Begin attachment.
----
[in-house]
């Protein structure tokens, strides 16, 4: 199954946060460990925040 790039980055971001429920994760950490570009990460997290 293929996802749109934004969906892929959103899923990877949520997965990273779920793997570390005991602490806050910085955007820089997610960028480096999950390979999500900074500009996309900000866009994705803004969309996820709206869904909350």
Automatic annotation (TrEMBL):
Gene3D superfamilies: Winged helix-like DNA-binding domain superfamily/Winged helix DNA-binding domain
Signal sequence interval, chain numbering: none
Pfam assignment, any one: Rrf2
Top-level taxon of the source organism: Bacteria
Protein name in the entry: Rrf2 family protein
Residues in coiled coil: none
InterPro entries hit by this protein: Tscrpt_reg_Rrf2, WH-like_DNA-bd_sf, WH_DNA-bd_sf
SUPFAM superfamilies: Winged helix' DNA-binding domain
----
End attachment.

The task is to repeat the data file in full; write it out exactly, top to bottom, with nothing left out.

[in-house]
């Protein structure tokens, strides 16, 4: 199954946060460990925040 790039980055971001429920994760950490570009990460997290 293929996802749109934004969906892929959103899923990877949520997965990273779920793997570390005991602490806050910085955007820089997610960028480096999950390979999500900074500009996309900000866009994705803004969309996820709206869904909350």
Automatic annotation (TrEMBL):
Gene3D superfamilies: Winged helix-like DNA-binding domain superfamily/Winged helix DNA-binding domain
Signal sequence interval, chain numbering: none
Pfam assignment, any one: Rrf2
Top-level taxon of the source organism: Bacteria
Protein name in the entry: Rrf2 family protein
Residues in coiled coil: none
InterPro entries hit by this protein: Tscrpt_reg_Rrf2, WH-like_DNA-bd_sf, WH_DNA-bd_sf
SUPFAM superfamilies: Winged helix' DNA-binding domain